When I wanted to try out a restaurant or a store or hotel that’s new to me, I’d first go online to check out the reviews by patrons.

I wrote that in past tense for a reason: I don’t do that too much anymore. I grew too suspicious of supposed critiques by supposed customers.

You’ve probably noticed that many online reviews fall into one of two categories. Using restaurant reviews as an example, there are the flowery critics (“This breathtaking restaurant is amazingly superb in every imaginable way!”) and there are the snarky ones (“Expensive mush served by resentful dropouts in a hard-to-find place with sticky floors.”).

Reviews in the first category apparently are ginned up by restaurant owners or their mothers or their bankers. Those in the second apparently are written by competitors or ticked-off ex-employees.

Oh, sure, there’s a third and large category of online critiques that are kind of in the middle. They seem to be written by real customers with sincere opinions. Trouble is I’m suspicious of them, too, but for a different reason: Most have stupid opinions. Some mercilessly ding the restaurant because of some insignificant flaw; maybe the restaurant served the wrong brand of butter. Others glorify the restaurant because the reviewer enjoyed a romantic anniversary celebration or because of some similarly off-point reason. And when it comes to food, many of the citizen critics don’t know shiitake from Shinola.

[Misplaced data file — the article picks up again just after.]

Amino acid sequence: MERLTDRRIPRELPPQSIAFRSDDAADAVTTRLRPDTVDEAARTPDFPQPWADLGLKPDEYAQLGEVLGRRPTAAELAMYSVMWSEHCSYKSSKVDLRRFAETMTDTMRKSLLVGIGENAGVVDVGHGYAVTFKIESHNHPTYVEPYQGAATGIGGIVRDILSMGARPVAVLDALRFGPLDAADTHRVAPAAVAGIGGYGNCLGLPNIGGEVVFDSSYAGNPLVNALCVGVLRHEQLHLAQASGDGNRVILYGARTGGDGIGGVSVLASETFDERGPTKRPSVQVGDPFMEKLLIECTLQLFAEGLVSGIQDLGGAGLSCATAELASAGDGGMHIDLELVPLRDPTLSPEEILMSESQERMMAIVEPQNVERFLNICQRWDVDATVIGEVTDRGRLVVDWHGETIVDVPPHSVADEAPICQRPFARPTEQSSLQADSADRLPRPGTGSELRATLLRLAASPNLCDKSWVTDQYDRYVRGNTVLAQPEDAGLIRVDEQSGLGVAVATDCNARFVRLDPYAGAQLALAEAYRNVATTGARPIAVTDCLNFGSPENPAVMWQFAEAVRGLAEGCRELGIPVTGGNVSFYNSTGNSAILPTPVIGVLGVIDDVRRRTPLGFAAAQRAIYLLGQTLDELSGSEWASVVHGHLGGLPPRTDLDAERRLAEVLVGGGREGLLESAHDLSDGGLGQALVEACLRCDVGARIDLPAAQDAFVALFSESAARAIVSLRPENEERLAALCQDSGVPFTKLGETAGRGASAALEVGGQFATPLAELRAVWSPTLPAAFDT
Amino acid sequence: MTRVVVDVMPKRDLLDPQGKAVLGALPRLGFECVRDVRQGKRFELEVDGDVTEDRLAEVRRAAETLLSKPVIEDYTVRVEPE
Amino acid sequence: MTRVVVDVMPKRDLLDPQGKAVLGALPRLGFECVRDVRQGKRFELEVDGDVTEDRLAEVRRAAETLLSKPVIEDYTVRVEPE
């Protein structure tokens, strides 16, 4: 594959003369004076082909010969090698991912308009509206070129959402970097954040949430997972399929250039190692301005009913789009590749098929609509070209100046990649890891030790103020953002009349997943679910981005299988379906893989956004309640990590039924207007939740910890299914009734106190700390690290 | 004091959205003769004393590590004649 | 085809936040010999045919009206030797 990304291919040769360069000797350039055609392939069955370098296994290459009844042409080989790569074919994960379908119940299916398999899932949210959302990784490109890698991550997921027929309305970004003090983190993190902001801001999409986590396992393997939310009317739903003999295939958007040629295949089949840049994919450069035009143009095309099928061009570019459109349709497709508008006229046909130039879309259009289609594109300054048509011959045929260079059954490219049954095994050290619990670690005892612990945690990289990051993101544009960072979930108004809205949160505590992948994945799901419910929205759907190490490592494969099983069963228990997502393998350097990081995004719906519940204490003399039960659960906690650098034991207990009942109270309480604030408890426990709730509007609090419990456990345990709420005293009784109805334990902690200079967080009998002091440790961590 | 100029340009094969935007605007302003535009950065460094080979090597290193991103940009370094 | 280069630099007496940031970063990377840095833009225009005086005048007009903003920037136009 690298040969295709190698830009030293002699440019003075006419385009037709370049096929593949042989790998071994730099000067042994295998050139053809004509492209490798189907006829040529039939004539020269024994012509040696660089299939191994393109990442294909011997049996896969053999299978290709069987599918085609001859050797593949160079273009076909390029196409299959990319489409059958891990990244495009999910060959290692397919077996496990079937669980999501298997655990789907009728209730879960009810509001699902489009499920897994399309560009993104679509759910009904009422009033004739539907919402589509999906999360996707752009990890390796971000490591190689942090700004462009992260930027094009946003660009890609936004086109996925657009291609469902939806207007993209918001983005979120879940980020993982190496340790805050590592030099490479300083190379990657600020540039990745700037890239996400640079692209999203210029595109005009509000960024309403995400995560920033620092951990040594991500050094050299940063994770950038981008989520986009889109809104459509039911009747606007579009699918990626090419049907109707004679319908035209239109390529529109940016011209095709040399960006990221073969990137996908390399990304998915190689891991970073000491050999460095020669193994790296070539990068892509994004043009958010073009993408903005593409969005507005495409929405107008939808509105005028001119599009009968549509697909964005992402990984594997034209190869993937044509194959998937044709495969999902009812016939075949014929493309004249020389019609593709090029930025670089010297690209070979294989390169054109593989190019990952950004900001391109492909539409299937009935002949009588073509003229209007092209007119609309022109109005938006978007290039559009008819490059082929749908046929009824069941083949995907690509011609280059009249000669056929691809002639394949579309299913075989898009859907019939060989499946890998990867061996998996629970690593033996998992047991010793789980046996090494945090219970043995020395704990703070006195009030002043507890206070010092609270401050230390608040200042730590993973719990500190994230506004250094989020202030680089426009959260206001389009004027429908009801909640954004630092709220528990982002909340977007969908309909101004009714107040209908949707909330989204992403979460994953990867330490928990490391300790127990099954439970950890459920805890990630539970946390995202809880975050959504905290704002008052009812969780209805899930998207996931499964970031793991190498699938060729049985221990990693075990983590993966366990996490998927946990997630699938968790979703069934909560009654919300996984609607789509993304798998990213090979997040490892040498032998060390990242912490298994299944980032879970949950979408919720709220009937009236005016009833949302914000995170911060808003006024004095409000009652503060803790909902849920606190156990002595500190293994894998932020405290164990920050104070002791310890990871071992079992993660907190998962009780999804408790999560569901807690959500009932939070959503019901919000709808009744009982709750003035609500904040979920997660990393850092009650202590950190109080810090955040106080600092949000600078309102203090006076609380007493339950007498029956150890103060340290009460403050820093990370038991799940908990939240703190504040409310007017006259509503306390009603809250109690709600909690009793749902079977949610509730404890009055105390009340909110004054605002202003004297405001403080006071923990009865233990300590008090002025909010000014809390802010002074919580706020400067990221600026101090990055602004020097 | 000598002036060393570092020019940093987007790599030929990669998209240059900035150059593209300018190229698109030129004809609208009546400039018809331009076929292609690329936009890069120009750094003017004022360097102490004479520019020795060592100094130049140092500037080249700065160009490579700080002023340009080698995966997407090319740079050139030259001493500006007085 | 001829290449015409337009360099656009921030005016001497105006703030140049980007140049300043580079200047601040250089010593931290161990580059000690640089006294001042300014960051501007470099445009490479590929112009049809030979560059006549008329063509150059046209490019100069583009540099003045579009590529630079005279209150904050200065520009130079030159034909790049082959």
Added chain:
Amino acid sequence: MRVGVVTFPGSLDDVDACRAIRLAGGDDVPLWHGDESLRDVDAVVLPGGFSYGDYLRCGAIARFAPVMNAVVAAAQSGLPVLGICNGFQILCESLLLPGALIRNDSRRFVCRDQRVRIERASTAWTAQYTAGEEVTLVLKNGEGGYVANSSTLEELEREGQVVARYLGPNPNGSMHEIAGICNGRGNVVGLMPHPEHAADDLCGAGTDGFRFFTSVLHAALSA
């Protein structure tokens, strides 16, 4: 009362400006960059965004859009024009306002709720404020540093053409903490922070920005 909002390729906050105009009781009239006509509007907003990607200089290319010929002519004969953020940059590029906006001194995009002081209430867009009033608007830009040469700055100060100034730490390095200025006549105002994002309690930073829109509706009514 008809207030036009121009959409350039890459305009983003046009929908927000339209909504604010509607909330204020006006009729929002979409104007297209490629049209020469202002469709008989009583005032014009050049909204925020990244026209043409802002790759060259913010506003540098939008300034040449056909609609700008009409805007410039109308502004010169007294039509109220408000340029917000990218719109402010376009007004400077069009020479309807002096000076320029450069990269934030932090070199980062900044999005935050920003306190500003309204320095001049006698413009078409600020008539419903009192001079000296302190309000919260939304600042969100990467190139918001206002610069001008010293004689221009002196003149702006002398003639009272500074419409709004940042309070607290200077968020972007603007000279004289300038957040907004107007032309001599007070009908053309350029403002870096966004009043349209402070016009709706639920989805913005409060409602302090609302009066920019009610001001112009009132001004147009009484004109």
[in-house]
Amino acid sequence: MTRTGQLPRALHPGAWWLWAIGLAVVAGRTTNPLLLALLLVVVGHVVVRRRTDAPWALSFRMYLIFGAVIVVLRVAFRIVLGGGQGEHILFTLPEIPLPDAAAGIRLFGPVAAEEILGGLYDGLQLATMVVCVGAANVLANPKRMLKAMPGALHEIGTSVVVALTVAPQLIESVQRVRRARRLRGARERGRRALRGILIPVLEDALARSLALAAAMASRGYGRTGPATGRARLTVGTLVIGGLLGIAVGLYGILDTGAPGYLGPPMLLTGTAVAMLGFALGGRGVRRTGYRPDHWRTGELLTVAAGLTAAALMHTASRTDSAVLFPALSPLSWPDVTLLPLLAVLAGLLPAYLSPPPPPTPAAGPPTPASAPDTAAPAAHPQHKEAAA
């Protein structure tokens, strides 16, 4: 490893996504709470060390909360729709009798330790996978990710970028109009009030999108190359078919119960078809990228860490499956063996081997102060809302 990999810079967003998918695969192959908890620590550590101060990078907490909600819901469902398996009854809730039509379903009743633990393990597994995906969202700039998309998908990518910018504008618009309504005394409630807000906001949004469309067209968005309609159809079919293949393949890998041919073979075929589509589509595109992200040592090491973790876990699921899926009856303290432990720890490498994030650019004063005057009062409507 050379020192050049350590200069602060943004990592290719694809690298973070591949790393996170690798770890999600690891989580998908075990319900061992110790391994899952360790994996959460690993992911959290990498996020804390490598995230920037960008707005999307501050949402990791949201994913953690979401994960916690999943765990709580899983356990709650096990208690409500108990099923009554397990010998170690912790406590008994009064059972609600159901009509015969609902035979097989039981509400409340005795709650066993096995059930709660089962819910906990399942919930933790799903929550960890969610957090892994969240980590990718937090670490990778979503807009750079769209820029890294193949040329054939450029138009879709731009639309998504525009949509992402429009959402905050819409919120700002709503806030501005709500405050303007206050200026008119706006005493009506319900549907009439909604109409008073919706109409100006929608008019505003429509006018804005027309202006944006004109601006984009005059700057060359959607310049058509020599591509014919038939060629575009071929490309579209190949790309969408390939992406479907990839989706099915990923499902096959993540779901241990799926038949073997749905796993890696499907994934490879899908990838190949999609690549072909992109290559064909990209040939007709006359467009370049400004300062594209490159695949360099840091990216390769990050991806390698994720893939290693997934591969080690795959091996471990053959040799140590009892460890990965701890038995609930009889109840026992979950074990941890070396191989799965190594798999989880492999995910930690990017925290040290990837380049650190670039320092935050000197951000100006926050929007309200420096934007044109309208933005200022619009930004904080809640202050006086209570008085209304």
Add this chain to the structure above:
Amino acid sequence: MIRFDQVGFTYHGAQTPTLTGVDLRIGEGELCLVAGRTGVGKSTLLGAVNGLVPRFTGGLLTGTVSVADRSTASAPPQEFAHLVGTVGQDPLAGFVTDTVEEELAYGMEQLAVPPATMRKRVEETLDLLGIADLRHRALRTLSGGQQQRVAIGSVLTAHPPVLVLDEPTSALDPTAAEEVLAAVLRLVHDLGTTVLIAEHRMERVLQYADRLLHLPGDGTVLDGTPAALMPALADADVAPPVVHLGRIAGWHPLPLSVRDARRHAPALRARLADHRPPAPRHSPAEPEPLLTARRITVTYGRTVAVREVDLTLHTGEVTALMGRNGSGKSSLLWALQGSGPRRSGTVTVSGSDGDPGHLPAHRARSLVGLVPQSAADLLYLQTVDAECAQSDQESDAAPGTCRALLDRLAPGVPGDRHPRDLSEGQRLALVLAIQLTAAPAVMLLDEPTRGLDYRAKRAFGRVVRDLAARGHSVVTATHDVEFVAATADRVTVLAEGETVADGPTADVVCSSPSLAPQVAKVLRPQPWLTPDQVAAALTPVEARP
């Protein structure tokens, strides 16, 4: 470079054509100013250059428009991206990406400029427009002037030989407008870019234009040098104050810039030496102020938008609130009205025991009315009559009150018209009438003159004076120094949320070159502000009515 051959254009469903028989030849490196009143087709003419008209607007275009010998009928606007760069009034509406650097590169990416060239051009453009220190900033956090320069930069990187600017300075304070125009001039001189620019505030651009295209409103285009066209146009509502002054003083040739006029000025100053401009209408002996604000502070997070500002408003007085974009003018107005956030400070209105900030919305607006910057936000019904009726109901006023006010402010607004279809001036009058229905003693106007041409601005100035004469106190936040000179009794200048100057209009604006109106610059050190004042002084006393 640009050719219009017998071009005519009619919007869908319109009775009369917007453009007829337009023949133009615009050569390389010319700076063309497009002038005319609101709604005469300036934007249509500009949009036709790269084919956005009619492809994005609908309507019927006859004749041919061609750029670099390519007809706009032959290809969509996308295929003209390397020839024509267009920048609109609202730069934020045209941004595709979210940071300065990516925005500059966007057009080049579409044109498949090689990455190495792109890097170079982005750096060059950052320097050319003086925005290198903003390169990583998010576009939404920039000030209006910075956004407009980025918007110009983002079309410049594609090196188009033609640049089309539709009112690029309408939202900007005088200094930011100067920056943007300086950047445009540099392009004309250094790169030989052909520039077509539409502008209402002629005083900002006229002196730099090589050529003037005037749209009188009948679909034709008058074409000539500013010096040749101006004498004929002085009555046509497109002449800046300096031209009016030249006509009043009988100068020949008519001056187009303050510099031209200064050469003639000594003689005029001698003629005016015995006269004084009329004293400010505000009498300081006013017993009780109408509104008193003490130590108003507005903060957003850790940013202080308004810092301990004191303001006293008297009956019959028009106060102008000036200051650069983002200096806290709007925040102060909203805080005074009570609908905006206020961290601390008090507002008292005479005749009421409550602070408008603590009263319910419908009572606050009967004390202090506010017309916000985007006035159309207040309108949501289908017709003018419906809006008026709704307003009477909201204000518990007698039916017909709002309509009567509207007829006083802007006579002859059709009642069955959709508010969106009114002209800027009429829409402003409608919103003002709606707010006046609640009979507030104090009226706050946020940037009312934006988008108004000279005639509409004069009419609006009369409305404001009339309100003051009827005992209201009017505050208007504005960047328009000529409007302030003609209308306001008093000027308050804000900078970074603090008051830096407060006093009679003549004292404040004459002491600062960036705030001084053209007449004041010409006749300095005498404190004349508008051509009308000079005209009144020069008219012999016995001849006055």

(A quick aside. This is another reason to lament the slow dismantling of daily newspapers. Many papers have cut or contracted out their reviewers. Variety last week eliminated its film and live theater critics. Whether you agree with their judgment or not, professional newspaper and magazine critics deliver informed, well-written reviews that are not – or should not be – tainted by payoffs or giveaways from the targets of the review.)

As if we need another reason to distrust online reviews, there’s the shakedown aspect to consider. According to the article on the front page of this week’s Los Angeles Business Journal, a veterinarian in Long Beach claims in a lawsuit that a salesman for Yelp.com suggested that bad reviews of his shop could be buried and may even disappear if the veterinarian bought ads on Yelp for up to $1,000 a month.

Now, I have absolutely no idea if there’s any merit to the veterinarian’s claim. But I do know that some businesses have complained about what they view as an extortion racket by a number of online operations. Basically, the more the business pays, the better the business looks in reviews or the higher it ranks in search engine results.

What do you do if your business gets savaged in online reviews by citizen critics? In the past, consultants have said that the best tactic is to go online, pinch your nose and thank the reviewer for pointing out where you could do better.

Beyond that, you can try to round up friends and loyal customers to write favorable critiques – you know, the ones about how your breathtaking place is amazingly superb in every way. They’re transparently sappy, sure, but at least they tend to dilute the nasty reviews.

But I’m starting to wonder if you should do something else:

Just ignore them.

I’m guessing that it won’t be long before a lot of people, like me, assume most of the online reviews are written by the ignorant or by those with some agenda. And now we have to wonder whether payoffs are corrupting some online review systems.

And I’m guessing that a good number of people, unable to trust the integrity of online reviews, will just stop bothering to check them.